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I recently bought a new "rustic" dining table and I found a big scratch on the "apron," which I thought was solid pine but it might be veneered. The tabletop is just stained without a poly finish. I thought I could easily fix it myself (first mistake) so I bought some matching stain to touch it up. I used some fine steel wool to sand the scratch area. I applied the stain but even after several tries the wood won't take the stain at all. So now I'm stuck with a bare, unstained spot that looks worse than the scratch I was "fixing."
I was thinking there might be something, like a stain-type paint that I could cover the spot with. Any suggestions would be appreciated.
 

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It would be helpful if you would post a picture of the table. From your description I think if you want the table to look like it is suppose to you should strip the stain off of the top and the finish off of the skirt. You don't know the history of the table and what someone else may have done or screwed up buying an unfinished project. They may have stripped the finish off the top and failed to properly rinse the residue of the remover off. The residue contains wax and if you finish over it the new finish wouldn't adhere correctly. Anyway the wood needs to be sanded to a uniform appearance and then stain it. Depending on where you live that may not be practical right now. Paint and varnish removers don't do well at all below 70 degrees and you don't want to work removers indoors. The fumes are a carcinogen. It might be best to put a plastic table cloth over it and wait until spring. I use Kleen Strip paint and varnish remover.

About the scratch on the skirt, if you can determine the skirt is solid wood I would sand it off. If it is veneer sometimes you can get most of it out by putting a hot iron on a wet rag on the spot. The steam wil swell the grain in the scratch to where it is nearly level again. Then most of the time the scratched veneer can be sanded. If it is really bad you may have to resort to using wood putty.
 

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Thank you Steve for your response. Your suggestion would probably be the right thing to do, but it's a little too much work for me. It's a fairly small spot, so I'm going to ignore it for now. I was thinking about using a gel stain to cover it up because the gel is more of a surface cover that doesn't need to soak into the wood.
 

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Thank you Steve for your response. Your suggestion would probably be the right thing to do, but it's a little too much work for me. It's a fairly small spot, so I'm going to ignore it for now. I was thinking about using a gel stain to cover it up because the gel is more of a surface cover that doesn't need to soak into the wood.
If the gel stain matches the color that might work if the spot is minor but chances are the spot will look different regardless of what you put on it. A lot of different projects you can touch up but usually a flaw on a table top will stick out like a swore thumb.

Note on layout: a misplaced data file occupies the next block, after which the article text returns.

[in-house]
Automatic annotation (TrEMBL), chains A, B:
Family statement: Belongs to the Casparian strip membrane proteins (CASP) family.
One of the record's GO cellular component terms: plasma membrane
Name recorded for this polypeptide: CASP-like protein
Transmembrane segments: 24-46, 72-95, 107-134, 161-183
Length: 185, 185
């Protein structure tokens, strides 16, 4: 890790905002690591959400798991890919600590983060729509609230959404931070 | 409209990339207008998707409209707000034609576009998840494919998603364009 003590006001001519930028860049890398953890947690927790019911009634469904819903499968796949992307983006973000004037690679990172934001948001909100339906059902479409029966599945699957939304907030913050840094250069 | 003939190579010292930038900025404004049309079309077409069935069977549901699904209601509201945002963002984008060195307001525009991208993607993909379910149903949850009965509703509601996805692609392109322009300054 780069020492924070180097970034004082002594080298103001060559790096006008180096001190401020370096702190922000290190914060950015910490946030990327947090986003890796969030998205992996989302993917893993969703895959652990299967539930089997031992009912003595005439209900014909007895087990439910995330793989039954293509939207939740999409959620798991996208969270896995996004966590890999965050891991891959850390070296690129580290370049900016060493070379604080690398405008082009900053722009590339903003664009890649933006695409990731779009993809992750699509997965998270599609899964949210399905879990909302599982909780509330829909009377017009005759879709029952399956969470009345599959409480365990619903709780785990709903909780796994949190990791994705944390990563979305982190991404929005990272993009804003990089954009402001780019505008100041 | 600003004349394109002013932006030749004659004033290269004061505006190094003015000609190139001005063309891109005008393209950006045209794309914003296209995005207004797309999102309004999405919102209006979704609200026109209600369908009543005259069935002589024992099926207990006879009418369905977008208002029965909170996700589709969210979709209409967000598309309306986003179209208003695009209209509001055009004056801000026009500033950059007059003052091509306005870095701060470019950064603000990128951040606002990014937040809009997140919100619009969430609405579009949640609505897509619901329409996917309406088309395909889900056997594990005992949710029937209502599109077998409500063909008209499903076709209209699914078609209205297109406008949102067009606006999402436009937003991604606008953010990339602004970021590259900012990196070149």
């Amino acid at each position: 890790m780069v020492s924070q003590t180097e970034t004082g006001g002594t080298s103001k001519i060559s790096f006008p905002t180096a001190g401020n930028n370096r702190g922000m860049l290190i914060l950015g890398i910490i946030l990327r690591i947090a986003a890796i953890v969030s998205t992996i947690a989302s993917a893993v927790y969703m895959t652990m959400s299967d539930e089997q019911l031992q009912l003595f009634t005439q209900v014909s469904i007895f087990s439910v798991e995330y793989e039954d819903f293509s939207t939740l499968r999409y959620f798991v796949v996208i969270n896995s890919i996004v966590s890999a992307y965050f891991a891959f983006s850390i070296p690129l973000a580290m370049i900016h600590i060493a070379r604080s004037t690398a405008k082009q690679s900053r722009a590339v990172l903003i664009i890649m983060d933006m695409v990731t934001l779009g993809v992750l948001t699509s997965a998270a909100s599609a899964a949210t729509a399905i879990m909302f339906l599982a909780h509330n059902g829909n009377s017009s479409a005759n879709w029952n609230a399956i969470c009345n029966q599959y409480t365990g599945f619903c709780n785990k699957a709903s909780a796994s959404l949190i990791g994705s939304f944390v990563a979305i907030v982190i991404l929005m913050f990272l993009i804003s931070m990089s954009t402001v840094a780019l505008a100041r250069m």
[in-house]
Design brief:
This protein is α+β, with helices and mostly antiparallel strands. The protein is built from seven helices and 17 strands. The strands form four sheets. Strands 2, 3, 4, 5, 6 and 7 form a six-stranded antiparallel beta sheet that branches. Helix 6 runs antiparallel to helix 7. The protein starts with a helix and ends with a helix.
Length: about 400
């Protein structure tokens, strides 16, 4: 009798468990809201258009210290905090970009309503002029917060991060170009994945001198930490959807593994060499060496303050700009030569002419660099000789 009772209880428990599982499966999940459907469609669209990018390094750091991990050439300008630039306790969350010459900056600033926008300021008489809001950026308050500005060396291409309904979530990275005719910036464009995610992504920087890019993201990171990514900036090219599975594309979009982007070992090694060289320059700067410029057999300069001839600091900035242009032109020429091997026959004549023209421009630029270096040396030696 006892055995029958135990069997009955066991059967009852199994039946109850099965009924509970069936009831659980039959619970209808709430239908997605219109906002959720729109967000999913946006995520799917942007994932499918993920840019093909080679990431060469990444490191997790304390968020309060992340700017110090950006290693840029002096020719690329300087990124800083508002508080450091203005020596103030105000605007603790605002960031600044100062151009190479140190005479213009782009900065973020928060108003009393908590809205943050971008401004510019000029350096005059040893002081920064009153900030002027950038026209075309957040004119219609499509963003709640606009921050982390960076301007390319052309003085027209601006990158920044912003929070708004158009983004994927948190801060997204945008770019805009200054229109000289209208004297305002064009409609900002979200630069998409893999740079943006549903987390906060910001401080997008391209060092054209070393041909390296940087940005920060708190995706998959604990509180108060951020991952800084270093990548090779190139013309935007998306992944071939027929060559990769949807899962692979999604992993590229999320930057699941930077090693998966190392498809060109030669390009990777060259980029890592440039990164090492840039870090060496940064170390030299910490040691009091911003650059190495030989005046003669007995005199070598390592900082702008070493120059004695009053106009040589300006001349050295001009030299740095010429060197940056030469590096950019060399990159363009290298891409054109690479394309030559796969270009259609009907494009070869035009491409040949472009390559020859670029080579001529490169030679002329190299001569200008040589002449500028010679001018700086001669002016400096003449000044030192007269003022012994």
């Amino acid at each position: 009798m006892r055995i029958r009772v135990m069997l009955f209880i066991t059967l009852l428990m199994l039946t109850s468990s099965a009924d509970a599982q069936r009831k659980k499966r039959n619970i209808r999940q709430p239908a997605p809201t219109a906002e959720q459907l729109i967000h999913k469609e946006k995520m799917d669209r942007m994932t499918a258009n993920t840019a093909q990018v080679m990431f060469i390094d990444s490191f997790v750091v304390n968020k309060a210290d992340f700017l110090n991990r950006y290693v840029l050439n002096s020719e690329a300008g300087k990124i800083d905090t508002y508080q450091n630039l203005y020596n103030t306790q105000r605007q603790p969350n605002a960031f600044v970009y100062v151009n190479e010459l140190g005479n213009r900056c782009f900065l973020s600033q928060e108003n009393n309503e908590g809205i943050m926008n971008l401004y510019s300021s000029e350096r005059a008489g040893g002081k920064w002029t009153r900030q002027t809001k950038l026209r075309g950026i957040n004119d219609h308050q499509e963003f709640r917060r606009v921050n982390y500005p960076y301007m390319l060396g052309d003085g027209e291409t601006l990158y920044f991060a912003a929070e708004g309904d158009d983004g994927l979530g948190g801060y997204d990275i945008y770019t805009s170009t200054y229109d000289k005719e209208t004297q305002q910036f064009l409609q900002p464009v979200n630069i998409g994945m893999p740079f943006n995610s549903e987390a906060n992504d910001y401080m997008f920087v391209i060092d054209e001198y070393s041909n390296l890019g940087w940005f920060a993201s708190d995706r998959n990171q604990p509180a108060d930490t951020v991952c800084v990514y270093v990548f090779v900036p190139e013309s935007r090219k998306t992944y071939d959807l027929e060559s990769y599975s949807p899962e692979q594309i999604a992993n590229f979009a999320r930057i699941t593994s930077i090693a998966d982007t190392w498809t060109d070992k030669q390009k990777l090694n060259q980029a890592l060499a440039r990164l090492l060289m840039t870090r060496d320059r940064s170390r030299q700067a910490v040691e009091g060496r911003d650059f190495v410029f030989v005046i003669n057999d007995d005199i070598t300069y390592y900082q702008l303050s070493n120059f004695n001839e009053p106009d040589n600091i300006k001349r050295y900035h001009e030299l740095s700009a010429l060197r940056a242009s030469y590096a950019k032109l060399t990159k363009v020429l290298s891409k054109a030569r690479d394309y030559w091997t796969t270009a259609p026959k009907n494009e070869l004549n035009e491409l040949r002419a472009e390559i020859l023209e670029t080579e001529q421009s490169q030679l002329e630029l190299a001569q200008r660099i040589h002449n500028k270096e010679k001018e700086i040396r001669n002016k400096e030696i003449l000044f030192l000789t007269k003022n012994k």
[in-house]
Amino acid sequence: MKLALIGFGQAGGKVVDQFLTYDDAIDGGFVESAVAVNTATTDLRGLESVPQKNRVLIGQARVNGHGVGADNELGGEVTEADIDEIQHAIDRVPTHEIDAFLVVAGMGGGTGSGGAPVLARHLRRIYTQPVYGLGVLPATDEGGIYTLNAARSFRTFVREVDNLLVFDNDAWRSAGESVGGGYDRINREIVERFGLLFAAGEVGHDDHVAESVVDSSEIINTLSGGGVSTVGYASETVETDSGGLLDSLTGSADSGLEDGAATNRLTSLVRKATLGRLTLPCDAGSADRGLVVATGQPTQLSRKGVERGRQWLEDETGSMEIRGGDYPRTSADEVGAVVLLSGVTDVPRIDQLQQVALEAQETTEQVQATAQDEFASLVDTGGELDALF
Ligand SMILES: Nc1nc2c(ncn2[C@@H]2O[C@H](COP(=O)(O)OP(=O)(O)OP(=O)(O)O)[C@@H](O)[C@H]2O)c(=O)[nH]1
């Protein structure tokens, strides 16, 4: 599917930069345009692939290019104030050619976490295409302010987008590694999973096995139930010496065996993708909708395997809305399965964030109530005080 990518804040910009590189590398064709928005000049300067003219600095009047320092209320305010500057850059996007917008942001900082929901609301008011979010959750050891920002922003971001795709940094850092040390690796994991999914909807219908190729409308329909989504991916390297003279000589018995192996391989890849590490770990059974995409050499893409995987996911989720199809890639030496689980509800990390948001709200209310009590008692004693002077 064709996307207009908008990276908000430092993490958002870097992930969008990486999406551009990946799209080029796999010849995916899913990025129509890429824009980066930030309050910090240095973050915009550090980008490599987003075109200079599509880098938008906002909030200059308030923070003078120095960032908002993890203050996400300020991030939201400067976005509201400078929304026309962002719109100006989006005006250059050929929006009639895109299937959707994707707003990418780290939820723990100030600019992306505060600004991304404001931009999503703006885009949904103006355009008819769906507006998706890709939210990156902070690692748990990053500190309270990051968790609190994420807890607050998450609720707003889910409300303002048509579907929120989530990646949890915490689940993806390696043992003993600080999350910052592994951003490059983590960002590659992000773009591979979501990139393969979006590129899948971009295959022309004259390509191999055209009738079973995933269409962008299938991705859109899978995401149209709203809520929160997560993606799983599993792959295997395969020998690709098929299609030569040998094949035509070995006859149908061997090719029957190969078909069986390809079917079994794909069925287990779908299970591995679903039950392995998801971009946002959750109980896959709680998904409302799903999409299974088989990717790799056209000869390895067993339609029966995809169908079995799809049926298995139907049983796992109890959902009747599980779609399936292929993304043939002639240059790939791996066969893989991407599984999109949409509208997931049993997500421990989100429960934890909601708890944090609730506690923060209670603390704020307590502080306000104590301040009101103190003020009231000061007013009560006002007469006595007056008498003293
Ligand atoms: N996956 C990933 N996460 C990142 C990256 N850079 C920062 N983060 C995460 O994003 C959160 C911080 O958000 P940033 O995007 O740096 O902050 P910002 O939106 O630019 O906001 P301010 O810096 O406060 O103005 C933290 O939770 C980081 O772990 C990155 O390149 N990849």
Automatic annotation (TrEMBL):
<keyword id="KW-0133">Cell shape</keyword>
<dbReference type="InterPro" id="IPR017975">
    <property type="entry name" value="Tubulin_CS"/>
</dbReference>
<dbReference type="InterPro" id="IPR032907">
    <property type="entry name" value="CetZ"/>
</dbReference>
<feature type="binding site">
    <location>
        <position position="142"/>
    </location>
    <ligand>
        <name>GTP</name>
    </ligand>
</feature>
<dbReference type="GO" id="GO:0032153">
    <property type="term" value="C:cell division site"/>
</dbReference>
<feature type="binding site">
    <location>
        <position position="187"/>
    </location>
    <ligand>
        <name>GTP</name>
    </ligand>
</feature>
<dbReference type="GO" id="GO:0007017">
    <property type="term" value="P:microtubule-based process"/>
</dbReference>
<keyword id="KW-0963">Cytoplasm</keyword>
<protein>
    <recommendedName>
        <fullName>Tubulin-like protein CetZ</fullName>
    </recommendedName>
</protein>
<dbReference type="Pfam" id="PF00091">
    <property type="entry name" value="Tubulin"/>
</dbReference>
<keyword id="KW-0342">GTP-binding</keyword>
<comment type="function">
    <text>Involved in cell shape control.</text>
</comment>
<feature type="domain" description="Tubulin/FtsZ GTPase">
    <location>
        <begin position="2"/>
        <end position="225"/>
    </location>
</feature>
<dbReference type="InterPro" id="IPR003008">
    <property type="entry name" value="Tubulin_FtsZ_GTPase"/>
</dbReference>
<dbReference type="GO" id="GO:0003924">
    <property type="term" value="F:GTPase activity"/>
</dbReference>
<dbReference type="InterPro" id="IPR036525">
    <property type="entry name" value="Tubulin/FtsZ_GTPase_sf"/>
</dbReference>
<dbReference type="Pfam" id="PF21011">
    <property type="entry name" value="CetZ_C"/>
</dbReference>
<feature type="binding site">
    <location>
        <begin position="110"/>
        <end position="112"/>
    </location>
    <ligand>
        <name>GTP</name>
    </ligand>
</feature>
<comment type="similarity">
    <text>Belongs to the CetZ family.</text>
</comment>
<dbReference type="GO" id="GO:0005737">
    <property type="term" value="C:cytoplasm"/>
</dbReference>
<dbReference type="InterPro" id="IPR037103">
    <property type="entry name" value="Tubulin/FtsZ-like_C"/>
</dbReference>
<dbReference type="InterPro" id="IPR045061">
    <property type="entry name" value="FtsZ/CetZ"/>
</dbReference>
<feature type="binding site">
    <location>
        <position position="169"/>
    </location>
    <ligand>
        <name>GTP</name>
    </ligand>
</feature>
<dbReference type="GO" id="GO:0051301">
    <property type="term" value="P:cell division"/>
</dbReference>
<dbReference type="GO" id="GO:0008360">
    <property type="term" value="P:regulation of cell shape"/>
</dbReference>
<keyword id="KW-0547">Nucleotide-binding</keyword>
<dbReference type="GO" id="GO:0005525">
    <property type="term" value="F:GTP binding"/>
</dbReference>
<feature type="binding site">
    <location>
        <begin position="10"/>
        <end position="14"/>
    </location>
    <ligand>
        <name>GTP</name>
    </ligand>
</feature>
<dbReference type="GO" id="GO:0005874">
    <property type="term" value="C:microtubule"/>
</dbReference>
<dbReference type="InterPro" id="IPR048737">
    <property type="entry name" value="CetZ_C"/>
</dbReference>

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We have an introduction section where you can say a few words about yourself. If you fill out your profile in your "User Control Panel", you can list any hobbies, experience or other facts. You can also list your general geographical location which would be a help in answering some questions.

Since your repair would be to the area of the apron, you could get a good match for coloring. What you likely did was abrade the area too smoothly, which would make stain penetration difficult. You might try sanding with 180x-220x, and fade out the edges of the sanding area so you don't have a sharp sanded line next to a colored area. Sand only with the grain.

If you have a very soft paint brush, maybe only 1" wide with long hair bristles, there is a technique you could try. If you don't have a good brush, pick up a woman's make-up brush. The one she dabs in the colored face war paint (maybe called blush) and whisks it over the skin. It might look like a shaving brush. Very soft bristles. You can snip off the outside rows of bristles until you have a nicely shaped straight brush.

If you have already tried a stain (the one that didn't take), and it's an oil base stain, take the can and stir it well. Have a clean cloth ready, and get some stain on the brush and let it flash dry off for a few minutes. Then lightly whisk over the bare area with the grain. You might try this on a sample first, but if you can get the hang of this, it's really pretty easy.

If you want to try a gel stain, and you have the right color, read the directions, as each brand may differ. But, basically, the way it works is you brush it on (some may have a flash time of a few minutes), and then wipe/brush it off to the intensity to match. The more it's drawn off, the lighter it will get. It would be to your benefit to also try this on a sample. If you have no wood scraps, use cardboard.










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